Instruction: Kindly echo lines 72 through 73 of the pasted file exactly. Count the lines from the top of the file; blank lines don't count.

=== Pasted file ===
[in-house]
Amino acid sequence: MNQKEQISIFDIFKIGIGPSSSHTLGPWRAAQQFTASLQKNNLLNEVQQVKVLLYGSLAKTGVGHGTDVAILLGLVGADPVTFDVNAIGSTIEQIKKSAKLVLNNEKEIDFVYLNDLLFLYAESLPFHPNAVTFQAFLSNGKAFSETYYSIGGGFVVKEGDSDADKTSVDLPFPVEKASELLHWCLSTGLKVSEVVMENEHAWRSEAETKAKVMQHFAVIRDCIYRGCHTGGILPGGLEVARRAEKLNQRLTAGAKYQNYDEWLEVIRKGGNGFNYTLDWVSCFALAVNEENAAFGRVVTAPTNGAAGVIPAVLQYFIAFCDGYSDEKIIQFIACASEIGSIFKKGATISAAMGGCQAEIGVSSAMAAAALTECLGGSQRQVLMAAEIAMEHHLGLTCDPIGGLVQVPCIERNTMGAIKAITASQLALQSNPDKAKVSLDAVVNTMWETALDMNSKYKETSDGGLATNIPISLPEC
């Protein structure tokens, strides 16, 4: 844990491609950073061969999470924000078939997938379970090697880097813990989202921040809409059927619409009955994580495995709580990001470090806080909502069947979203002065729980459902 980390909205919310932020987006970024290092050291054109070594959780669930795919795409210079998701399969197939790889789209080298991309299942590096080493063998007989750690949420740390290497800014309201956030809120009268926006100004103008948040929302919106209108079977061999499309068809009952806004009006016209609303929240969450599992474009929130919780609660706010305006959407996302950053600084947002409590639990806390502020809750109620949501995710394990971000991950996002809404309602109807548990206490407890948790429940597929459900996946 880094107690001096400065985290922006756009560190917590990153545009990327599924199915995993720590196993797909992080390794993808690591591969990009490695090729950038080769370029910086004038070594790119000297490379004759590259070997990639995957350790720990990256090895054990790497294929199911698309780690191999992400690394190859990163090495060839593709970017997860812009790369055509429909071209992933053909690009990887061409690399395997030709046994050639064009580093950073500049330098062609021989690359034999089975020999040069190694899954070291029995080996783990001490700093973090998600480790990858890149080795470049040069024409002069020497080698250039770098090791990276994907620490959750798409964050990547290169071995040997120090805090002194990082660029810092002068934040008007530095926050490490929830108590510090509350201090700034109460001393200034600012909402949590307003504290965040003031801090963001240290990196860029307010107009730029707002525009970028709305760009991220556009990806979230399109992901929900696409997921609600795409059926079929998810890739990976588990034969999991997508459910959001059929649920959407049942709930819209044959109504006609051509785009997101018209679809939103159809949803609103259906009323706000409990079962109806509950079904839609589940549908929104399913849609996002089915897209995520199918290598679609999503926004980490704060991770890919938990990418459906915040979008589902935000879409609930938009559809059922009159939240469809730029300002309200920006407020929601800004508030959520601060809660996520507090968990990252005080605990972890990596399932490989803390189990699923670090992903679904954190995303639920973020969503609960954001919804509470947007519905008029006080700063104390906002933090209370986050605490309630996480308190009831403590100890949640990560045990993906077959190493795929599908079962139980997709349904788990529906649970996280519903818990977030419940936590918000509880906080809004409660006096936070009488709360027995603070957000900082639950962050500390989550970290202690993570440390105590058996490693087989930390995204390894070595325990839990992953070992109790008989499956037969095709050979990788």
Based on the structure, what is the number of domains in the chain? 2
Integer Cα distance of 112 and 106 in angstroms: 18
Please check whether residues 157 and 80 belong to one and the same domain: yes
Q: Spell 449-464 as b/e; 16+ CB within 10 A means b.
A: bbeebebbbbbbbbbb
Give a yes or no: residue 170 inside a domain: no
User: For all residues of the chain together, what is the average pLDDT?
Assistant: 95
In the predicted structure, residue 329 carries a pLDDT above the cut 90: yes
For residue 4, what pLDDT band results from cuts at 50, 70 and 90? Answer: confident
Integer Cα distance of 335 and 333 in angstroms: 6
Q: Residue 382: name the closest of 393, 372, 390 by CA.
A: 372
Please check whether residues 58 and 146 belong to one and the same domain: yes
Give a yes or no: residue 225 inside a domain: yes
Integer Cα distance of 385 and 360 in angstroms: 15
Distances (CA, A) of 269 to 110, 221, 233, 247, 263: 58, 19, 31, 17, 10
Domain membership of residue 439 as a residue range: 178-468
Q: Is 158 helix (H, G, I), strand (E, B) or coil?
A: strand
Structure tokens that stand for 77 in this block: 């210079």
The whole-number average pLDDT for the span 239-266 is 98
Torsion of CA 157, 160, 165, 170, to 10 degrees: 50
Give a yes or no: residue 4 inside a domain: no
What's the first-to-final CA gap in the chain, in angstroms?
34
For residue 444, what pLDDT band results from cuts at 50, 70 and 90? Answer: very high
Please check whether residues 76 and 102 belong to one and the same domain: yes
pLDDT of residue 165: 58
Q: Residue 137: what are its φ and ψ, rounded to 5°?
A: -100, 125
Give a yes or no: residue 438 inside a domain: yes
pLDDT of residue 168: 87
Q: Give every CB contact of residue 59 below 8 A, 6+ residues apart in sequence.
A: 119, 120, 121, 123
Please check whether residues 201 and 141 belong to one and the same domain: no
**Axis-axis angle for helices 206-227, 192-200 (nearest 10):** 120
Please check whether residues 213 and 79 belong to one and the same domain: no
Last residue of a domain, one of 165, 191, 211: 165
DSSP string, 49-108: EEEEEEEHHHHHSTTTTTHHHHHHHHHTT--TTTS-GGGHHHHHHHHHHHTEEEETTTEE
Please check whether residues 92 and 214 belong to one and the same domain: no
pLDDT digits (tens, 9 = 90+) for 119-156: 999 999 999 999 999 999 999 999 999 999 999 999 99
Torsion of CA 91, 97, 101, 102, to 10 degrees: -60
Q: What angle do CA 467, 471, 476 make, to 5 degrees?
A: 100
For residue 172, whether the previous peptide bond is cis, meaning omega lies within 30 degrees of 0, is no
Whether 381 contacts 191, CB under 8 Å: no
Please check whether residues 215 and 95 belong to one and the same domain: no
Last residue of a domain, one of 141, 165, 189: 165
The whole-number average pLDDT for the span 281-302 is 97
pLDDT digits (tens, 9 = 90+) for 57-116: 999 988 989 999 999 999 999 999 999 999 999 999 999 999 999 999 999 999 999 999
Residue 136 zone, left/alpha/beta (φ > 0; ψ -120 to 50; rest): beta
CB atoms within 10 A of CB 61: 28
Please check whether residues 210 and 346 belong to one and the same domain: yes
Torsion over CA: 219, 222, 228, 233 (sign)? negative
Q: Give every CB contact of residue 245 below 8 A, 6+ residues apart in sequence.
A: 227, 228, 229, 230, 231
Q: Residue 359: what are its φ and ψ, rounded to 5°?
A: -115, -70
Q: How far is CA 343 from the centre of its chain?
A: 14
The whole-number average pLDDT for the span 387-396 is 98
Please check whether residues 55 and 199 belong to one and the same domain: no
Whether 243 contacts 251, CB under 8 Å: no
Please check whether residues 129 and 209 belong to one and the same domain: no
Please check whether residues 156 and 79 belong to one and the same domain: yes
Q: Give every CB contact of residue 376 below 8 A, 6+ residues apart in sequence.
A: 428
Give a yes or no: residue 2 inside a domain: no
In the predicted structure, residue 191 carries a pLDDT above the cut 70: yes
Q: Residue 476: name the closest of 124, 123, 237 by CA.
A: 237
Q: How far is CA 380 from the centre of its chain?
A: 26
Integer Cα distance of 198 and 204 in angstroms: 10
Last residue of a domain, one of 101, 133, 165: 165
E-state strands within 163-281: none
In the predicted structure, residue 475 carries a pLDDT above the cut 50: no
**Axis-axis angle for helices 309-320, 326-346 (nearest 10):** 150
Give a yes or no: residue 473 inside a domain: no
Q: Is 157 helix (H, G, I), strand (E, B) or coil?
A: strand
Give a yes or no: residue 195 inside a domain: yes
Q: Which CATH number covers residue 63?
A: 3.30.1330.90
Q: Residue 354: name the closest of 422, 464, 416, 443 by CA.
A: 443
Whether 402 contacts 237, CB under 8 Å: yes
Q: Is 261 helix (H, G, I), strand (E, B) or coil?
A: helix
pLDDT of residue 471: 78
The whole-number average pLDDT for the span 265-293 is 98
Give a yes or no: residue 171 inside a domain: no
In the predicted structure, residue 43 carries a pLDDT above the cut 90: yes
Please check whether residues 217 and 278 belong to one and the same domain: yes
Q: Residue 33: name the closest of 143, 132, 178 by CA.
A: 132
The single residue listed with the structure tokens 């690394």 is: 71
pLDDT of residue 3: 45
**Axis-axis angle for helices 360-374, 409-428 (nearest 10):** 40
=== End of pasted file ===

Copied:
Give a yes or no: residue 2 inside a domain: no
In the predicted structure, residue 191 carries a pLDDT above the cut 70: yes